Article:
|Year : 2015 | Volume
| Issue : 1 | Page : 24
Trend and pattern of various types of cancer with special reference to gall bladder cancer in North Bengal medical college, West Bengal, India: A 3 years record based study
Nilanjana Ghosh1, Rajat Bandopadhyay2, Louis Tirkey1, Dilip Kumar Das1
1 Department of Community Medicine, North Bengal Medical College, Sushrutanagar, Darjeeling, West Bengal, India
2 Department of Radiotherapy, Calcutta National Medical College, Kolkata, West Bengal, India
|Date of Submission||30-Mar-2014|
|Date of Acceptance||18-Nov-2014|
|Date of Web Publication||24-Mar-2015|
Department of Community Medicine, North Bengal Medical College, Sushrutanagar, Darjeeling 734 012, West Bengal
Source of Support: None, Conflict of Interest: None
Background: Global burden of cancer is on rise and trends and pattern of cancers are rapidly changing different geographic and population groups. Gall bladder cancers are emerging with increasing proportion among select areas and groups and understanding these variations are important for appropriate strategies and interventions. However, absence of a well-developed universal cancer registry system in India, institution based secondary data analysis can generate useful information. The present study was conducted to determine the trend and pattern of cancer cases (with special reference to gall bladder cancer) treated in a tertiary care hospital in northern part of West Bengal.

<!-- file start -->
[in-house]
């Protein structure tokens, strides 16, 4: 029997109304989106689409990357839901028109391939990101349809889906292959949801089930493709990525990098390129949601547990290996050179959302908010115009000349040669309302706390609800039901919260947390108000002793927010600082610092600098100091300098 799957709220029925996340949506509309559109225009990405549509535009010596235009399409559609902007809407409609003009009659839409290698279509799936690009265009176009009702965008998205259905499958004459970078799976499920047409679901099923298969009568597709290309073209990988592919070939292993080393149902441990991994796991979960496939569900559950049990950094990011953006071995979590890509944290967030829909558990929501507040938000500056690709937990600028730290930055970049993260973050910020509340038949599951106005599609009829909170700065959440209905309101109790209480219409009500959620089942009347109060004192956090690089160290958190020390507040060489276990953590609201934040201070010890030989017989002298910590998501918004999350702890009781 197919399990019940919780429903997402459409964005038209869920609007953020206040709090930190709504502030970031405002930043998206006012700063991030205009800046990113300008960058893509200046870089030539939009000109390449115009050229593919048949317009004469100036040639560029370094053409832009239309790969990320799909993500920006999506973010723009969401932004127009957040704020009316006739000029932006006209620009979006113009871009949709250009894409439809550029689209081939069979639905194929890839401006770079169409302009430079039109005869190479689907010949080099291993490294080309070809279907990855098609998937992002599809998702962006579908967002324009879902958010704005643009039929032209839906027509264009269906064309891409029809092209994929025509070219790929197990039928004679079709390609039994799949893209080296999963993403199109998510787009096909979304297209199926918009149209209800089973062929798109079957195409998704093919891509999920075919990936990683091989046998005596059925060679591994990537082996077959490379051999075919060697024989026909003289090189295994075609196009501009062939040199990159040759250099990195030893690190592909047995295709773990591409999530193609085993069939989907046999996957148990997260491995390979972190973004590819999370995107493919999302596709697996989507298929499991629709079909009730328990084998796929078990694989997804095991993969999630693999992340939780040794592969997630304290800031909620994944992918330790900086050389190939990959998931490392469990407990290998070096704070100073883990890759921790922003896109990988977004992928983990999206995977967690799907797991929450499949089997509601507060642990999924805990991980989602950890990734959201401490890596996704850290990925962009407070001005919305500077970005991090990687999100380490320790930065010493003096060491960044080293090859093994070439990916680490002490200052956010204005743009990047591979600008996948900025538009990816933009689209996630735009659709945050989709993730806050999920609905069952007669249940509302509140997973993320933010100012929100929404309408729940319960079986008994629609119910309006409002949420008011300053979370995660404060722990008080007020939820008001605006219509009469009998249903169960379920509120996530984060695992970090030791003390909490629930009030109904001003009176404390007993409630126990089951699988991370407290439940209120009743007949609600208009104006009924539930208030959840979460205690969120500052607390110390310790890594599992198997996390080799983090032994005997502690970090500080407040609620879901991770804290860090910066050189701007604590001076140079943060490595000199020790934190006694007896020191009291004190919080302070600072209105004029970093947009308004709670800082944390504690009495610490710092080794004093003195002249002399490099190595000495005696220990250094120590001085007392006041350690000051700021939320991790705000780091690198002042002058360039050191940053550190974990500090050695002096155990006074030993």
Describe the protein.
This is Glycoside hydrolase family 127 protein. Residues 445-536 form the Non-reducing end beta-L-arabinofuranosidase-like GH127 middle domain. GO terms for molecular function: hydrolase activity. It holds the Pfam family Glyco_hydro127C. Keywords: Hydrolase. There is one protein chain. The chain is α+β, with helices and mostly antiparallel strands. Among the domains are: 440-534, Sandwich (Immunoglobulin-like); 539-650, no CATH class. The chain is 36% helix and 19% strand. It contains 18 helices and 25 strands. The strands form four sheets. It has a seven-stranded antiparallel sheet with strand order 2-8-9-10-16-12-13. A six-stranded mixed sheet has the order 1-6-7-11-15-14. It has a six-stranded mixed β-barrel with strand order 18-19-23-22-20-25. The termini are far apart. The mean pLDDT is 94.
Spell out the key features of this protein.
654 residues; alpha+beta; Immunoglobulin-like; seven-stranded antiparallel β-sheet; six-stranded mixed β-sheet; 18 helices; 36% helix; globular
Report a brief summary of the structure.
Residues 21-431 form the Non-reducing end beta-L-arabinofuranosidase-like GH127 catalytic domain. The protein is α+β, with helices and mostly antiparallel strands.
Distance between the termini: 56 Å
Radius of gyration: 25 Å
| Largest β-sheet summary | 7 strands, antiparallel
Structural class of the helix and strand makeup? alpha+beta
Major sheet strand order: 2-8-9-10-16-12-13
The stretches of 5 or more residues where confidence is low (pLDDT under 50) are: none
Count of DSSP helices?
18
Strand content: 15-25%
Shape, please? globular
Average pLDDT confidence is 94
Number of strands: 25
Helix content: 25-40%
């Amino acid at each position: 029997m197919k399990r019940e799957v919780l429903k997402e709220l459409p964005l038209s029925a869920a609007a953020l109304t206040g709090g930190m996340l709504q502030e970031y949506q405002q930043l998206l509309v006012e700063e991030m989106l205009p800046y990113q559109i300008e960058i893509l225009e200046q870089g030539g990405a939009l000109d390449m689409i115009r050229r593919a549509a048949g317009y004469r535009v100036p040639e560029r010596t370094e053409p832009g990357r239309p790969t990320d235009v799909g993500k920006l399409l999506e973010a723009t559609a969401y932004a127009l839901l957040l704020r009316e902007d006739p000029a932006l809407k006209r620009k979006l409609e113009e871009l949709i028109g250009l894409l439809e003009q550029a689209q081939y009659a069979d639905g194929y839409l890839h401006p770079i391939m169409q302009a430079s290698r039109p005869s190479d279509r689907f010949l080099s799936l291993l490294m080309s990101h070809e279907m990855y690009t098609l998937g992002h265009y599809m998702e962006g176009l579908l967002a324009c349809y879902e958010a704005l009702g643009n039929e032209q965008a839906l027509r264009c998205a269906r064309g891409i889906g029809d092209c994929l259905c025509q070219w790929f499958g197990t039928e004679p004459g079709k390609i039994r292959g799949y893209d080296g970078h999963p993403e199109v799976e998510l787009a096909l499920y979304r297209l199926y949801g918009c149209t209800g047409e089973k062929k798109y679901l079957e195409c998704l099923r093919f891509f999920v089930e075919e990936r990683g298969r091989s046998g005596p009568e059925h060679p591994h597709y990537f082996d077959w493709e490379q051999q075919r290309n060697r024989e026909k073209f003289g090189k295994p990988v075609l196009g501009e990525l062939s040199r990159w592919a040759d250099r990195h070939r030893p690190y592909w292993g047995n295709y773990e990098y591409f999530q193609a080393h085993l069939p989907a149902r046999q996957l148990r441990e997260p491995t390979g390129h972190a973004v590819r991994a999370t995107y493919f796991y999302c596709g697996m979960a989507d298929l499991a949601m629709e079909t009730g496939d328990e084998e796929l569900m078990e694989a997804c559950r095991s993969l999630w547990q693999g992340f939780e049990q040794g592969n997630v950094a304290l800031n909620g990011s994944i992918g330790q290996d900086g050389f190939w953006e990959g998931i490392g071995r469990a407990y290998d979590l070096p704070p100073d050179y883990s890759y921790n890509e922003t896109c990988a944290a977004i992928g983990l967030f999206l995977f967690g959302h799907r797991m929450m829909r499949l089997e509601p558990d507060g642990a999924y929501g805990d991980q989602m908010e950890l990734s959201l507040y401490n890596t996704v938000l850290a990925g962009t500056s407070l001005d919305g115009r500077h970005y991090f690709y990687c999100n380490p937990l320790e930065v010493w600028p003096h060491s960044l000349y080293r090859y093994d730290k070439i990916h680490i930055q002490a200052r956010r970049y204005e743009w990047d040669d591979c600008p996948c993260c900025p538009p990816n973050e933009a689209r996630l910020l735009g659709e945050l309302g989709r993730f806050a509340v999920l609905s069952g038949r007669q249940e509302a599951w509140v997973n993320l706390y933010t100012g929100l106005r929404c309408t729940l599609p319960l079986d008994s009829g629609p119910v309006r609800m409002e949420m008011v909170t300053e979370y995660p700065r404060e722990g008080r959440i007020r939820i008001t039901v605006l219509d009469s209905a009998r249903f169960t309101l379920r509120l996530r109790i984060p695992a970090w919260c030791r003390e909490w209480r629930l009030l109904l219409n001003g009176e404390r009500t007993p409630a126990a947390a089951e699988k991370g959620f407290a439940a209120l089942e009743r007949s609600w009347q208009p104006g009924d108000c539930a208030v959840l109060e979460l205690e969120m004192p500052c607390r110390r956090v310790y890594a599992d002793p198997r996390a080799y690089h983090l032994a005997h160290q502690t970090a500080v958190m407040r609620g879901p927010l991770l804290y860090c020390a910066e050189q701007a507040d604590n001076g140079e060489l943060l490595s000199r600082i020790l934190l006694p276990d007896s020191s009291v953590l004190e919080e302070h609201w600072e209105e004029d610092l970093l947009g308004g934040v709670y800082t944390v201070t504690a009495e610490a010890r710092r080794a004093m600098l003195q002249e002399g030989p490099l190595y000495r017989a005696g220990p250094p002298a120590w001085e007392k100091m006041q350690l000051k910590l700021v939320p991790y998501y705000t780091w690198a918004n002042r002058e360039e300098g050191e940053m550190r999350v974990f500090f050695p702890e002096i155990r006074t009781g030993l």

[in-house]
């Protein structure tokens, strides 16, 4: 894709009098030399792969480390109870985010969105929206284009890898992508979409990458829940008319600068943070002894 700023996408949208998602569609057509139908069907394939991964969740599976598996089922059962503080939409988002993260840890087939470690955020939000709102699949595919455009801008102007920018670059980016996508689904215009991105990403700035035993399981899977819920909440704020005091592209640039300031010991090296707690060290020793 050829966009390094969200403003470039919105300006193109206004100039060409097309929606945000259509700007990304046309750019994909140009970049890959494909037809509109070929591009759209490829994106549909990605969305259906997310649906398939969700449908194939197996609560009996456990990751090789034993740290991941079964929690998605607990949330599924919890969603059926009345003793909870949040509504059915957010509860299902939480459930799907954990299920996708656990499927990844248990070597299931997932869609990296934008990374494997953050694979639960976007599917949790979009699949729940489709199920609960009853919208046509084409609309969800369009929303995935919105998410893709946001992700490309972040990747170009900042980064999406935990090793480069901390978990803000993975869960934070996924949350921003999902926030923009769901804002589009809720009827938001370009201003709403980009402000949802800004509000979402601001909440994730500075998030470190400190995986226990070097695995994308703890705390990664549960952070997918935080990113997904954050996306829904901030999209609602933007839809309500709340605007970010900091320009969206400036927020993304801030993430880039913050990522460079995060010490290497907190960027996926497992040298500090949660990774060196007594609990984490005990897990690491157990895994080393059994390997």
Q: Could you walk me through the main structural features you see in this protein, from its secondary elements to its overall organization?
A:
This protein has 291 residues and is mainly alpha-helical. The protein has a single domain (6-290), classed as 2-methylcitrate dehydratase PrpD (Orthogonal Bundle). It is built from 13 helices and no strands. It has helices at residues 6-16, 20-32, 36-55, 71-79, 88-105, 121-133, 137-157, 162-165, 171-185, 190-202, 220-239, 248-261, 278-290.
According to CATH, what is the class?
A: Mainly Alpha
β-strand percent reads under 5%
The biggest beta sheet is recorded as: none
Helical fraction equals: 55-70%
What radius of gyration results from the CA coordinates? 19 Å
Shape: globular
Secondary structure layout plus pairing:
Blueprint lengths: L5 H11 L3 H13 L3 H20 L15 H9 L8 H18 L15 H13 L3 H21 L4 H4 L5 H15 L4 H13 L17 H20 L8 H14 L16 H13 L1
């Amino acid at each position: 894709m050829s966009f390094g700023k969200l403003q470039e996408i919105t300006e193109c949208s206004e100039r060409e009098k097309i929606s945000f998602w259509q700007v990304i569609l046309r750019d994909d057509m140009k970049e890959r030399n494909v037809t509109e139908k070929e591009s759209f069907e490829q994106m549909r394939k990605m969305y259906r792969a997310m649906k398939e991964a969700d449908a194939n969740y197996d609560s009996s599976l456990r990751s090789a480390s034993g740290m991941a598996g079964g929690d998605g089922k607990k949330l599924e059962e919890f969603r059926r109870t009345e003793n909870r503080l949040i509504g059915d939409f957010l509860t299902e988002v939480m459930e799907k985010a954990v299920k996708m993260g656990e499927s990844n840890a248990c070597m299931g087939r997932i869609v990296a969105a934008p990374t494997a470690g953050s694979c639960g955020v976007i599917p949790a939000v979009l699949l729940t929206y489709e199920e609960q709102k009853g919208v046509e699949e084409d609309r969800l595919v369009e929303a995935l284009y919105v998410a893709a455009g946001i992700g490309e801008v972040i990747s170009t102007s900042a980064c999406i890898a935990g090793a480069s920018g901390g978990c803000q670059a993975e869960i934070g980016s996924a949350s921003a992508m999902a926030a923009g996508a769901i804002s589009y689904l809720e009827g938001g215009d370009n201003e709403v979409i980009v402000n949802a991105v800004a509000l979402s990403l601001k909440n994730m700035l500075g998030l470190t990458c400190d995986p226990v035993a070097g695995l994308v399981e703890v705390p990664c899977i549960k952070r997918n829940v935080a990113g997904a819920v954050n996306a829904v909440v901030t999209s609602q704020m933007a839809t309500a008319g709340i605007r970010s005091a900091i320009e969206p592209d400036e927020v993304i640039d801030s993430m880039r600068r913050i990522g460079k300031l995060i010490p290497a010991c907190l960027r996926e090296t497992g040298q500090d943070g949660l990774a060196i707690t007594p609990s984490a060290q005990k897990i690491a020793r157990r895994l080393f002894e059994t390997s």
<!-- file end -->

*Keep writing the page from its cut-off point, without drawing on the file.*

Methods: Record based cross-sectional study was conducted in Department of Radiotherapy, North Bengal Medical College and Hospital. All newly registered cases between (2010 and 2012) were reviewed.